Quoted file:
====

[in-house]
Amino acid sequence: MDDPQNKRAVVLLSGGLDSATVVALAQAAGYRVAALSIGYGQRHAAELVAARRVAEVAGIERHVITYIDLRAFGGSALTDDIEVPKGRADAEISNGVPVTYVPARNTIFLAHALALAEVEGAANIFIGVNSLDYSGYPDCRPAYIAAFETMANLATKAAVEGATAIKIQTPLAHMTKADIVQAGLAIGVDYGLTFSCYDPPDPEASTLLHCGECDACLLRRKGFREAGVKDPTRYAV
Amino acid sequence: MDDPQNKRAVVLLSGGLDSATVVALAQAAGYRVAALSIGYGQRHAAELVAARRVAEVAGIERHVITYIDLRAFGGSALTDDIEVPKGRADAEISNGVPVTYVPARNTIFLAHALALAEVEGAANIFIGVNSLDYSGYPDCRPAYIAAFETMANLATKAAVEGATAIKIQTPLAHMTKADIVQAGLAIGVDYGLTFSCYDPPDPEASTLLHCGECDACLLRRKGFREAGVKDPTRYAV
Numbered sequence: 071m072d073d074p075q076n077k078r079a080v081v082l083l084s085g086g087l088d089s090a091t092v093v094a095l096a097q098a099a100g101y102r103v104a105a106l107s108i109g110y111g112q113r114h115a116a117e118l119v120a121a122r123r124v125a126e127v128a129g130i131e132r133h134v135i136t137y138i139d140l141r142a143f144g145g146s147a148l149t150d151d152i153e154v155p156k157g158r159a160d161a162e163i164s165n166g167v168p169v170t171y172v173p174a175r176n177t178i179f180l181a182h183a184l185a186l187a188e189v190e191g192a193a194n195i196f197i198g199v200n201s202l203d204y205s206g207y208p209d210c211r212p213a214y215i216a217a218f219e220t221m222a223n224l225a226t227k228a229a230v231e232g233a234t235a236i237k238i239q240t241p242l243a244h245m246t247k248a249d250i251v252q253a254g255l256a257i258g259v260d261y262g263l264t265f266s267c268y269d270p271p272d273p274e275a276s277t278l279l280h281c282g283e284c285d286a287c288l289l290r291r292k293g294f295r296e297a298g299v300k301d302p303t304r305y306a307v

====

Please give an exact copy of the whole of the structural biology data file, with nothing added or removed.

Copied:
[in-house]
Amino acid sequence: MDDPQNKRAVVLLSGGLDSATVVALAQAAGYRVAALSIGYGQRHAAELVAARRVAEVAGIERHVITYIDLRAFGGSALTDDIEVPKGRADAEISNGVPVTYVPARNTIFLAHALALAEVEGAANIFIGVNSLDYSGYPDCRPAYIAAFETMANLATKAAVEGATAIKIQTPLAHMTKADIVQAGLAIGVDYGLTFSCYDPPDPEASTLLHCGECDACLLRRKGFREAGVKDPTRYAV
Amino acid sequence: MDDPQNKRAVVLLSGGLDSATVVALAQAAGYRVAALSIGYGQRHAAELVAARRVAEVAGIERHVITYIDLRAFGGSALTDDIEVPKGRADAEISNGVPVTYVPARNTIFLAHALALAEVEGAANIFIGVNSLDYSGYPDCRPAYIAAFETMANLATKAAVEGATAIKIQTPLAHMTKADIVQAGLAIGVDYGLTFSCYDPPDPEASTLLHCGECDACLLRRKGFREAGVKDPTRYAV
Numbered sequence: 071m072d073d074p075q076n077k078r079a080v081v082l083l084s085g086g087l088d089s090a091t092v093v094a095l096a097q098a099a100g101y102r103v104a105a106l107s108i109g110y111g112q113r114h115a116a117e118l119v120a121a122r123r124v125a126e127v128a129g130i131e132r133h134v135i136t137y138i139d140l141r142a143f144g145g146s147a148l149t150d151d152i153e154v155p156k157g158r159a160d161a162e163i164s165n166g167v168p169v170t171y172v173p174a175r176n177t178i179f180l181a182h183a184l185a186l187a188e189v190e191g192a193a194n195i196f197i198g199v200n201s202l203d204y205s206g207y208p209d210c211r212p213a214y215i216a217a218f219e220t221m222a223n224l225a226t227k228a229a230v231e232g233a234t235a236i237k238i239q240t241p242l243a244h245m246t247k248a249d250i251v252q253a254g255l256a257i258g259v260d261y262g263l264t265f266s267c268y269d270p271p272d273p274e275a276s277t278l279l280h281c282g283e284c285d286a287c288l289l290r291r292k293g294f295r296e297a298g299v300k301d302p303t304r305y306a307v